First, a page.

We drove Bud’s cramped sedan to a gravel parking lot in what seemed like the middle of nowhere, and with his blessing I gunned the engine.
The car lurched forward and we built speed until Bud hit the extra set of brakes on the passenger side. We swerved wildly and I spun the steering wheel, trying to straighten our path.
As we swerved, I fixed my eyes on a single tree on the horizon, steering toward it, blocking out every distraction. This was what Bud had counselled me to do, believing it would help keep us from spinning out of control.
Our path straightened as the car slowed. We did not spin out of control. We did not die. We would live to drive another day.
“That was cool,” I said when it was over, high on adrenaline. I hoped Bud would match or at least validate my enthusiasm, but he seemed a little bored.
“Yeah, most people like it,” he said.
He added something about how I had done well, and how I had passed this portion of my driver’s education.
We put the car in gear, drove out of the gravel parking lot and moved on to the next driving exercise, not saying much and not showing much emotion.
This was just another day at the office for Peter “Bud” McGuffin*, driver’s education teacher extraordinaire. I tried to act as if it were nothing special to me either, but of course it was.
If you took driver’s ed in southwestern Ontario in the late 1990s, you likely had an experience similar to this.
You know hitting the brakes in loose gravel was meant to simulate the effect of hitting the brakes on a patch of icy road in the dead of winter.
It was a controlled environment that provided the chance to prepare for a potential disaster, to save lives and save property.
You picked a point on the horizon and steered toward it. You stayed calm and brought the car to a stop. You were careful and conscientious, and if you were lucky, no one would get hurt.
I often think of that day in the parking lot when I am unsure about what to do with my life. So many times, I have felt unfocused and spinning out of control.
When I was a kid, I wanted to be a writer until I discovered writers don’t make any money. I floated around, directionless, until I discovered journalism and began working toward a career in that.
As a teenager I discovered journalism was harder than it seemed, and I was no longer sure I wanted it to be my life’s work.
A crisis ensued and I did not refocus until university, when I decided journalism was the only thing I was likely to be good at.
I became hyper-focused on getting the grades I needed to get into journalism school, then getting through journalism school, then getting a job.
When I got a job, I realized what I really wanted to do was write books, so I spent two years doing that. Then I published, and my book sold a single copy in its opening weekend.
So much of my life went into that project, so much emotional and physical energy. The sentences were carefully pruned, the thoughts vigorously refined.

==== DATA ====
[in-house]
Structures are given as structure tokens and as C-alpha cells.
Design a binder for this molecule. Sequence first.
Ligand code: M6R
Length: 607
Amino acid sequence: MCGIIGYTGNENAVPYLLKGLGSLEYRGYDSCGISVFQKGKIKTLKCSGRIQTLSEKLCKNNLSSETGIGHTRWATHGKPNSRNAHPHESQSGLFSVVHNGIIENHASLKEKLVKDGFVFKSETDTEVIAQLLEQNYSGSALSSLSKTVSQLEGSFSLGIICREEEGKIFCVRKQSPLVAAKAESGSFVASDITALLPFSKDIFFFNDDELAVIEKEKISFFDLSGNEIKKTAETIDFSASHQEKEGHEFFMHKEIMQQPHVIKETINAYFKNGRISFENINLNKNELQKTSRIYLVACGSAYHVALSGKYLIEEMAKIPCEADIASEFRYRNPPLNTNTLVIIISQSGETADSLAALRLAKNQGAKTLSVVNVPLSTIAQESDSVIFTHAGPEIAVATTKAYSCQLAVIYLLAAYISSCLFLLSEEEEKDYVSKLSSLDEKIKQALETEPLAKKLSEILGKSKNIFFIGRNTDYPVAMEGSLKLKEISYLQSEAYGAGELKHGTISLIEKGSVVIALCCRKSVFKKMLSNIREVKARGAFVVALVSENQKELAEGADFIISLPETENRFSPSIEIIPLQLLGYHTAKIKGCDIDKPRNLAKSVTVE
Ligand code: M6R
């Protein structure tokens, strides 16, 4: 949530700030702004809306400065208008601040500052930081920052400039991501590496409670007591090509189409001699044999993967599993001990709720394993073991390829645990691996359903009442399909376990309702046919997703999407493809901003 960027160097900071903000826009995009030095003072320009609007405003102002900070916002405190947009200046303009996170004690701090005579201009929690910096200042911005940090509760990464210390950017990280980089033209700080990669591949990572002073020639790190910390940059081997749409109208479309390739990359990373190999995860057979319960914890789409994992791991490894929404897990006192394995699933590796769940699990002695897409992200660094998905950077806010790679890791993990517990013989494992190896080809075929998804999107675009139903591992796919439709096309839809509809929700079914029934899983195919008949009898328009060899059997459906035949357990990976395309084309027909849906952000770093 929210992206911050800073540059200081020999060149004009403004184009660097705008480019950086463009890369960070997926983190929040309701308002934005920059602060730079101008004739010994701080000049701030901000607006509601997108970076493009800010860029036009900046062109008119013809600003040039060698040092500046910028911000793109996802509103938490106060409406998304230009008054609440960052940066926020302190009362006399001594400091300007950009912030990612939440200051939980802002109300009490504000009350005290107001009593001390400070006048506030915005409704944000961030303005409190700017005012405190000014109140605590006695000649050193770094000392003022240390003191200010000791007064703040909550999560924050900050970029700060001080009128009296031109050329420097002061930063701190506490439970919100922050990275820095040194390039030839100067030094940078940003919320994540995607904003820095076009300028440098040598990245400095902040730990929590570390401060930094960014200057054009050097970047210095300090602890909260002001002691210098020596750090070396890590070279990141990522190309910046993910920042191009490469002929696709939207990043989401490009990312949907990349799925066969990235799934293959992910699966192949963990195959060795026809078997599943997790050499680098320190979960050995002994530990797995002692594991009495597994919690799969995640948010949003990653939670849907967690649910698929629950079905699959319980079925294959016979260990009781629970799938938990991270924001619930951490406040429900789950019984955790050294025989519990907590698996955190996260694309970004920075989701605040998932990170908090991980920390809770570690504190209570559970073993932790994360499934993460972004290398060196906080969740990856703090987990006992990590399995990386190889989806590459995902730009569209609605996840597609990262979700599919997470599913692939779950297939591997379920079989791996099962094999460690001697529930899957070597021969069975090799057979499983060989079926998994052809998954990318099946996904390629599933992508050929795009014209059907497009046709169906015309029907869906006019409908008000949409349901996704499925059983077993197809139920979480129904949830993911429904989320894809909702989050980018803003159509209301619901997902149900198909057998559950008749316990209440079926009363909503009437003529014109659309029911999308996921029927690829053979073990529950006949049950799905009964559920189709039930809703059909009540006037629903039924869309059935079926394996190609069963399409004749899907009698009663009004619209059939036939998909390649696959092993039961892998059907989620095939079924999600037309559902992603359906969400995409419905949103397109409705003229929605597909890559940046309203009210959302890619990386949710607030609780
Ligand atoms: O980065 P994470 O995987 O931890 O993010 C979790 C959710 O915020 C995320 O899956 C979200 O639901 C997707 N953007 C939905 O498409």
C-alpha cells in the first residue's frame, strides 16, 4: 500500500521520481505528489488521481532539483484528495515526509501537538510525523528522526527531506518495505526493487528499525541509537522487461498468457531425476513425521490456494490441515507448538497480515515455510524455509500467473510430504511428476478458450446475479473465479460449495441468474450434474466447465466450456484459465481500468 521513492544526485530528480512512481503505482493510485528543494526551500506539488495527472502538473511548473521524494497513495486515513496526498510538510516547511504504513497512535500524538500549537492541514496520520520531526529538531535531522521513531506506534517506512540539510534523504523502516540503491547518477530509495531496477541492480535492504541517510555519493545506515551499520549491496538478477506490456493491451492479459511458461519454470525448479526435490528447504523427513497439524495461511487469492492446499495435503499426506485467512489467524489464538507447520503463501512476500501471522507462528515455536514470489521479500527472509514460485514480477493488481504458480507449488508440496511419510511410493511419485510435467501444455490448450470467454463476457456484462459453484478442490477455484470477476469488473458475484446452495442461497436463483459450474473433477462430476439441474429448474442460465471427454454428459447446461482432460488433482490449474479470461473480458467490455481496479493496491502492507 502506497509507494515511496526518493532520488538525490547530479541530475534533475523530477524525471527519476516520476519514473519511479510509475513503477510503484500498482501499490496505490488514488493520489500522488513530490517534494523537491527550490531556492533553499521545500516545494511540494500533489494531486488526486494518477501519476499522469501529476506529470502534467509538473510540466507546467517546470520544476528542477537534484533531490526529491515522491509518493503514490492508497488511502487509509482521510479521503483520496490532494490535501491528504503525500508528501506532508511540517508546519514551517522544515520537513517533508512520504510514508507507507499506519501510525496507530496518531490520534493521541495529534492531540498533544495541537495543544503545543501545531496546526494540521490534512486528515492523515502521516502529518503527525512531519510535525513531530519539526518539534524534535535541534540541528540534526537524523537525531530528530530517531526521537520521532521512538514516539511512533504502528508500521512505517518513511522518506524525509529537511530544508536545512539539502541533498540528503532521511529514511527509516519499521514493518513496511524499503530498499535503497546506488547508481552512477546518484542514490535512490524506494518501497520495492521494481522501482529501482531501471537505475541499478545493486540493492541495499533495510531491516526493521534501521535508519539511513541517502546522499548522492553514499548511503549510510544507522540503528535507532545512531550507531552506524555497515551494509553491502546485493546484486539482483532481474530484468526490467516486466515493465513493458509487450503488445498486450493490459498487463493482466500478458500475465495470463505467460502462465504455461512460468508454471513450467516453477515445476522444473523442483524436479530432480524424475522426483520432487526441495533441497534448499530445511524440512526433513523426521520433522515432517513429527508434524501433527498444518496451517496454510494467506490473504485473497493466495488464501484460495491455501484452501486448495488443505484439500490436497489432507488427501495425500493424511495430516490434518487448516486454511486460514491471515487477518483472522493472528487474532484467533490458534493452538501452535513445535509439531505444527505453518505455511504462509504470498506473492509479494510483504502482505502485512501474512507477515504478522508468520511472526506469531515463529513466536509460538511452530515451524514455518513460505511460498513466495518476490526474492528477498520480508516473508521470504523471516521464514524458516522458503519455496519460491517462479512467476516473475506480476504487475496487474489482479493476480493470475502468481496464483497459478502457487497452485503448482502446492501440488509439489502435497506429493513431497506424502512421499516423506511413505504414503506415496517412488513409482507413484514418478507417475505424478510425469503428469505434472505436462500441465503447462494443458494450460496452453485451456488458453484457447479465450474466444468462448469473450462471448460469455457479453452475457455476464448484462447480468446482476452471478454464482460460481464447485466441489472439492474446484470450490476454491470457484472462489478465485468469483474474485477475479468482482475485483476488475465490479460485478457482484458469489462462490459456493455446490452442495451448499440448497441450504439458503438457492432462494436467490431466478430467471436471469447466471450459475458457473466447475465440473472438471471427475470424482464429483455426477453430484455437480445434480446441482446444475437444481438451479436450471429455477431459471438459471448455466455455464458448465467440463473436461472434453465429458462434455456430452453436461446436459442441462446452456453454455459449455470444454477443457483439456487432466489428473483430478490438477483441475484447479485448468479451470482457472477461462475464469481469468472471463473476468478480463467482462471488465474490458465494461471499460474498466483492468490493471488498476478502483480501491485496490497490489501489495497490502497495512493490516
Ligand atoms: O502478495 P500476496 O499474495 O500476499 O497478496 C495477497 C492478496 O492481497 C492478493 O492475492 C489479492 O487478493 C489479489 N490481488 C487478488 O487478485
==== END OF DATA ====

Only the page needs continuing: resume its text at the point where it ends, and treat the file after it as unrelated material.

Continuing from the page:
This had been my dream for so long, and it had come to nothing.
So now what?
What would I do with myself?
I decided to do what I have done ever since that day in the parking lot: Pick a point on the horizon, and steer toward it.
Writing is still the thing I want to do more than anything else in the world. It is hard work, but it gives me joy. It’s the thing I believe I’m meant to do with my life.
I know it likely won’t make me any money, and I know it will be demoralizing at times. But I’m going to stay at it, trusting that I will get better as I go, and hoping the words that matter to me will connect to an audience willing to receive them.
When we pick a point on the horizon and steer toward it, we find peace in what would otherwise be a world spinning out of control.
We simplify our lives and focus on what really matters. We’re able to shut out distractions and move forward, possibly panicked and worn out and demoralized, but also hopeful and full of purpose.
A life spinning out of control is scary and dangerous and full of potential for disaster.
But most lives can straighten out, even if it seems like they’re messed up beyond repair. We simply need something to aim for, something that brings clarity to our mess.
If you’re a writer, the point on the horizon might be your next book project, your next blog post, your next poem.
You must know, as I do, that it’s possible only a handful of people will read it. You must know there is inherent value in the work. You must know it’s possible to beat the odds and sell a million copies.
Be honest with yourself about what you want, and move toward it. You’ll find clarity and purpose. It will help keep you from spinning out of control.
It might just save your life.
*Not his real name